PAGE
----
History remembers the Soviets and the Nazis as bitter enemies and ideological rivals, the two mammoth and opposing totalitarian regimes of World War II whose conflict would be the defining and deciding clash of the war. Learn More
Hailed by Entertainment Weekly as “a provocative history of wartime politics,” Dr. Seuss Goes to War, published nearly a decade ago, sold over one hundred thousand copies and introduced readers to the World War II–era political cartoons of Theodore Seuss Geisel, better known to the world as Dr. Seuss. Published to great acclaim, the collection included over two hundred cartoons from Geisel’s years working for the New York daily newspaper PM. Learn More
The survival of indigenous communities and the first European settlers alike depended on a deeply cooperative style of living and working, based around common lands, shared food and labor. Cooperative movements proved integral to the grassroots organizations and struggles challenging the domination of unbridled capitalism in America’s formative years. Holding aloft the vision for an alternative economic system based on cooperative industry, they have played a vital, and dynamic role in the struggle to create a better world. Learn More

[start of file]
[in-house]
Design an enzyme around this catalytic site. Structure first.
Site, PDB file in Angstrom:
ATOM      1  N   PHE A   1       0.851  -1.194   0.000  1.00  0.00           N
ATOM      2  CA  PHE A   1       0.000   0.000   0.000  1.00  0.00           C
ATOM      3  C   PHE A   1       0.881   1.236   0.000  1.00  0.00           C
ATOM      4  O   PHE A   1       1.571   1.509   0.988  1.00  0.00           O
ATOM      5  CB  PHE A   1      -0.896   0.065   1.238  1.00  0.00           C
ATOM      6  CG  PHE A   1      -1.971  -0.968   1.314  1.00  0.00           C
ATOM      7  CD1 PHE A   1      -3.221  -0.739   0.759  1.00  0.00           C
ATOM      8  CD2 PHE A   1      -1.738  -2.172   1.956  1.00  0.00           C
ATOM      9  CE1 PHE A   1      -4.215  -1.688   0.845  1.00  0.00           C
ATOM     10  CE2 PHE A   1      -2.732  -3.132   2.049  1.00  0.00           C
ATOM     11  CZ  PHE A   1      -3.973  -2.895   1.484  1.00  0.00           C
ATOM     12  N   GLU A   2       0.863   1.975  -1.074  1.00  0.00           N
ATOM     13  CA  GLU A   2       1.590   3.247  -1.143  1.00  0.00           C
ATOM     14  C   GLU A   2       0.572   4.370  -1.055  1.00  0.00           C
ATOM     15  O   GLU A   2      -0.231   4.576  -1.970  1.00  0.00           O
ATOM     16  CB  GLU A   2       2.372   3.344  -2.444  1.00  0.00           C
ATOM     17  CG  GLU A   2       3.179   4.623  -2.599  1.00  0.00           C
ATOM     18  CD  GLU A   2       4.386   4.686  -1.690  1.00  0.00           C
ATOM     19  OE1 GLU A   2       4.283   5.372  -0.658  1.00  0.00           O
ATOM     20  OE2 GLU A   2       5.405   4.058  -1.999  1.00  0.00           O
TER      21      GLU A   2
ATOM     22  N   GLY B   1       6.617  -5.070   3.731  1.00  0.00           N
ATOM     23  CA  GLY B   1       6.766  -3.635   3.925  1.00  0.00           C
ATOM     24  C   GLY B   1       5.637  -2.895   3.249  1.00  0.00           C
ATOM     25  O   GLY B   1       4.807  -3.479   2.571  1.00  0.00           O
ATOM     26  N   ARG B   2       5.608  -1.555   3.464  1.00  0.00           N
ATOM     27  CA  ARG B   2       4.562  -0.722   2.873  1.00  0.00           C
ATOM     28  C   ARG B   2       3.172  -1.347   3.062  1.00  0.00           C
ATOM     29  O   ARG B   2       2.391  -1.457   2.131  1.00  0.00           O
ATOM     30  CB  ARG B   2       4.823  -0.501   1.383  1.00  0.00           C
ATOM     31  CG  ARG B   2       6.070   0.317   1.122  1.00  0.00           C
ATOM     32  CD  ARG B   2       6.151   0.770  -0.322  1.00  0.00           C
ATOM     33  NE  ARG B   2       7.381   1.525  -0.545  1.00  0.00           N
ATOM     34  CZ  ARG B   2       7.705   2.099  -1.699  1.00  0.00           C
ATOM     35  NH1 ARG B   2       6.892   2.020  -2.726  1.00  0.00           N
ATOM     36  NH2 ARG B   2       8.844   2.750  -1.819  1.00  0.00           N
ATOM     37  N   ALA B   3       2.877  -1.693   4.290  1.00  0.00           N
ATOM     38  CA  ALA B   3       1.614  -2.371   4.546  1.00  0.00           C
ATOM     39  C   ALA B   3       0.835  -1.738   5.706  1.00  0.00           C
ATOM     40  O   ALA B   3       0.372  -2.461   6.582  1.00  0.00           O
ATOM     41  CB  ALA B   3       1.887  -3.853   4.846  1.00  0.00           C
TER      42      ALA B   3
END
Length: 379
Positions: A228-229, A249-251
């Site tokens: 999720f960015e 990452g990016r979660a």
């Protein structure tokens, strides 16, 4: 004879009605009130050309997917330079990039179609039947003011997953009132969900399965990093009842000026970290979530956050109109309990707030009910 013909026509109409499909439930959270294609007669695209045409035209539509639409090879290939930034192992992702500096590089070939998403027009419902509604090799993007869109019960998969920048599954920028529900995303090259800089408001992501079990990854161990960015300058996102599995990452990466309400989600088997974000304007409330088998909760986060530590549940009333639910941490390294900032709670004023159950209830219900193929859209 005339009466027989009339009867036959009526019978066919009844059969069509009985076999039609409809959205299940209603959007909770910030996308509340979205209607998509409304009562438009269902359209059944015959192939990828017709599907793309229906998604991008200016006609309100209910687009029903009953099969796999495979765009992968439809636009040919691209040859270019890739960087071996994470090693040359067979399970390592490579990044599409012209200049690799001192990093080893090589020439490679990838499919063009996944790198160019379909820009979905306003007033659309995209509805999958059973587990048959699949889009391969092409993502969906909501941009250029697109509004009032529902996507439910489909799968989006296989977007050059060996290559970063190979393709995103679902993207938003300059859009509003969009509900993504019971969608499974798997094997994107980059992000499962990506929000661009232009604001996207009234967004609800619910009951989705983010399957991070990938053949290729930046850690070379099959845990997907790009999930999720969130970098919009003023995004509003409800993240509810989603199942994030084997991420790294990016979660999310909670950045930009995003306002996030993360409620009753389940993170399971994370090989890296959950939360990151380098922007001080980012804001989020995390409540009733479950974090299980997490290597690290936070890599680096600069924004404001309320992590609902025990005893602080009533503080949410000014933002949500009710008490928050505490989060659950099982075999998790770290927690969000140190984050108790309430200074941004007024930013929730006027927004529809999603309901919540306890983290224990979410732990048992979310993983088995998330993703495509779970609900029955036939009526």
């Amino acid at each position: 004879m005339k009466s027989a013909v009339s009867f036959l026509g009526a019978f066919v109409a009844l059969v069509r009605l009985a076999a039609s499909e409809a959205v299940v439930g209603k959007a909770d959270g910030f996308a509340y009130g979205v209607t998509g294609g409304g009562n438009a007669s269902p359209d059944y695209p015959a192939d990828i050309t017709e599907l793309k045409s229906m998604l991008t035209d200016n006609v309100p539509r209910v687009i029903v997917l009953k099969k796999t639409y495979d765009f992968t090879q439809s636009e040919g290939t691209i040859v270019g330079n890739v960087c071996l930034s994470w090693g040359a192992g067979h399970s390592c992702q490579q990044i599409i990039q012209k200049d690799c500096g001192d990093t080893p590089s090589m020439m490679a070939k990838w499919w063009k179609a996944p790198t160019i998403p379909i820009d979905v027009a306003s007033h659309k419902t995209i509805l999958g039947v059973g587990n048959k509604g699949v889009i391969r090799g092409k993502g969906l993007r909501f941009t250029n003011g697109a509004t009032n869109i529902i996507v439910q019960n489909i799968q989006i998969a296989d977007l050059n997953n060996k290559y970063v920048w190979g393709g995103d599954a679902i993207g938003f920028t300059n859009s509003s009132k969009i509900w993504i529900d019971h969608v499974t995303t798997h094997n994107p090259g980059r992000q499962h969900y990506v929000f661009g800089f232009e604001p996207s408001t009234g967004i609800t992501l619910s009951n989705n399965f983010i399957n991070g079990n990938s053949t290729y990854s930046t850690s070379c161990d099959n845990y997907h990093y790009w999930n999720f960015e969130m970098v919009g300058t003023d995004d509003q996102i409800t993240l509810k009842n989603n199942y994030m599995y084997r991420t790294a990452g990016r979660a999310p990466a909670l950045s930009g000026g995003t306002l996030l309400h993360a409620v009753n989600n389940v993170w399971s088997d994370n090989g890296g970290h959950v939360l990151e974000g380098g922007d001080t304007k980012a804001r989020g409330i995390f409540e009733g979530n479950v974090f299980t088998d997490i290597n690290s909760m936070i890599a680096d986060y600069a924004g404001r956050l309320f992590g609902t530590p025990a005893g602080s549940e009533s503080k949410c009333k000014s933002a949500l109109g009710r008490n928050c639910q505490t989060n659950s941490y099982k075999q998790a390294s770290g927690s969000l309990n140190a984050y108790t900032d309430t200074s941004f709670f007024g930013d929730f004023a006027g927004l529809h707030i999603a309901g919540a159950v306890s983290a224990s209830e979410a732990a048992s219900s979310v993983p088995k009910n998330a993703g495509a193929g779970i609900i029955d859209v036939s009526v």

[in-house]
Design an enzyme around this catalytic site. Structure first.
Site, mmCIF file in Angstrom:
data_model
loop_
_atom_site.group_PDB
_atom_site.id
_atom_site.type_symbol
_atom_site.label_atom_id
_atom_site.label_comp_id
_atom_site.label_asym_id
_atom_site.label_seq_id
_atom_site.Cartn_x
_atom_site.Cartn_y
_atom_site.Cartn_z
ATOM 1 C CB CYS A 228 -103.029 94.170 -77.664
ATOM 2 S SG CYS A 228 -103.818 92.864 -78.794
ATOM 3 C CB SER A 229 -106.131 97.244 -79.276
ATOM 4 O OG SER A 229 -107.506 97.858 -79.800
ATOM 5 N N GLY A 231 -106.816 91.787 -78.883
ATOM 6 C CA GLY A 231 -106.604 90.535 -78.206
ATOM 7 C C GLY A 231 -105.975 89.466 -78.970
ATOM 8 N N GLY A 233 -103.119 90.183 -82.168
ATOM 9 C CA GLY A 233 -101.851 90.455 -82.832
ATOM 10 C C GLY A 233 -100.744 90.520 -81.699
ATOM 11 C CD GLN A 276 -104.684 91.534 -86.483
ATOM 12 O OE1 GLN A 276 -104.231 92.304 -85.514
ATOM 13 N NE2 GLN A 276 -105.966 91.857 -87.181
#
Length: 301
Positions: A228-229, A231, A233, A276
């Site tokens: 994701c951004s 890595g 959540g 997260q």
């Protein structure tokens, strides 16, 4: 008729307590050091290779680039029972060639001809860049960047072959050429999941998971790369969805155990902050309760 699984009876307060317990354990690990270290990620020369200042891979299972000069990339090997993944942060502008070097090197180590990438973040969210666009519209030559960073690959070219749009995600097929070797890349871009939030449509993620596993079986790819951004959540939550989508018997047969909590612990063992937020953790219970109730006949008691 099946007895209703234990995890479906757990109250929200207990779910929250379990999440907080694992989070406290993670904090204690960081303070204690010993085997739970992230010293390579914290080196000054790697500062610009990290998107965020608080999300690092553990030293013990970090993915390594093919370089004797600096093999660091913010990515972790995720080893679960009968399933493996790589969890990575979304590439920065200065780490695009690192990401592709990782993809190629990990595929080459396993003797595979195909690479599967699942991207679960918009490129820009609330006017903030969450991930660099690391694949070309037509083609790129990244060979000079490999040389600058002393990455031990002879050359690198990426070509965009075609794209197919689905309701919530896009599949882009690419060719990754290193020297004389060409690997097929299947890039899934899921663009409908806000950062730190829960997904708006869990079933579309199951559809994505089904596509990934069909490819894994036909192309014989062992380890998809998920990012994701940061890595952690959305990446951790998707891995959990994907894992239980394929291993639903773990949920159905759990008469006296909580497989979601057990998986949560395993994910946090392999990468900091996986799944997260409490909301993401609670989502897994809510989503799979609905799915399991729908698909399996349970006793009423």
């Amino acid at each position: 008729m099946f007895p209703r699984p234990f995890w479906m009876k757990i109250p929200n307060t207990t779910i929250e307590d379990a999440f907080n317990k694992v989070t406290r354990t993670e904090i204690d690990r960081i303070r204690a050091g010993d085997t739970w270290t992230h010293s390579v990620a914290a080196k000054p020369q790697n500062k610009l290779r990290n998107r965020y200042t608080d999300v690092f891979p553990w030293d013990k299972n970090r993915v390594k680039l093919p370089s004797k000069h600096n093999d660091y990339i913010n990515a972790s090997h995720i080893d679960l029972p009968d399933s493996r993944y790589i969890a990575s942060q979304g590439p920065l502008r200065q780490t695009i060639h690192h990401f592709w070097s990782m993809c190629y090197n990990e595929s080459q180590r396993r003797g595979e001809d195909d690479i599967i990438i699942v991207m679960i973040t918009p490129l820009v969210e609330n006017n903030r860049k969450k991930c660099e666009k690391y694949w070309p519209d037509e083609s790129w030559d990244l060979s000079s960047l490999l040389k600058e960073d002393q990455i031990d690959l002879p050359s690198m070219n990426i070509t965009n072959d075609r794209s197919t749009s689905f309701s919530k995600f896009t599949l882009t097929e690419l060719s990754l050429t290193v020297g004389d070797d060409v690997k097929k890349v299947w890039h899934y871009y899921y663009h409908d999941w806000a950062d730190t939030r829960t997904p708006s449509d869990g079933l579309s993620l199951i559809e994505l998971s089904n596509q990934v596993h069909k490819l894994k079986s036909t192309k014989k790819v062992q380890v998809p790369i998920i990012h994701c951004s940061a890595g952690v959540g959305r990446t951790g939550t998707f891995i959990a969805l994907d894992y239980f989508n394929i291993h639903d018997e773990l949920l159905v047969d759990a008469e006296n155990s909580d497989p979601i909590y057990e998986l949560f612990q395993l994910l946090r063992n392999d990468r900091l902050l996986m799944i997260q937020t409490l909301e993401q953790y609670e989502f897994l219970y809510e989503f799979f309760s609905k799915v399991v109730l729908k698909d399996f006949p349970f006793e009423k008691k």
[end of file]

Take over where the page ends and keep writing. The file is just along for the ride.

The urban Baltimore neighborhood of Hampden-Woodberry began as a mill village in rural Baltimore County, where the swift-flowing waters of Jones Falls provided the power for early gristmills. Learn More
First published in 1970, Studs Terkel’s bestselling Hard Times has been called “a huge anthem in praise of the American spirit” (Saturday Review) and “an invaluable record” (The New York Times). Learn More
Marking the 125th anniversary of the 1886 bombing at Chicago's Haymarket Square, in a revised and expanded edition co-published with the Charles H. Kerr Company, this profusely illustrated anthology reproduces hundreds of original documents, speeches, posters, and handbills, as well as contributions by many of today's finest labor and radical historians focusing on Haymarket's enduring influence around the world—including the eight-hour workday.
What do Hedy Lamarr, avant-garde composer George Antheil, and your cell phone have in common? The answer is spread-spectrum radio: a revolutionary invention based on the rapid switching of communications signals among a spread of different frequencies. Without this technology, we would not have the digital comforts that we take for granted today. Learn More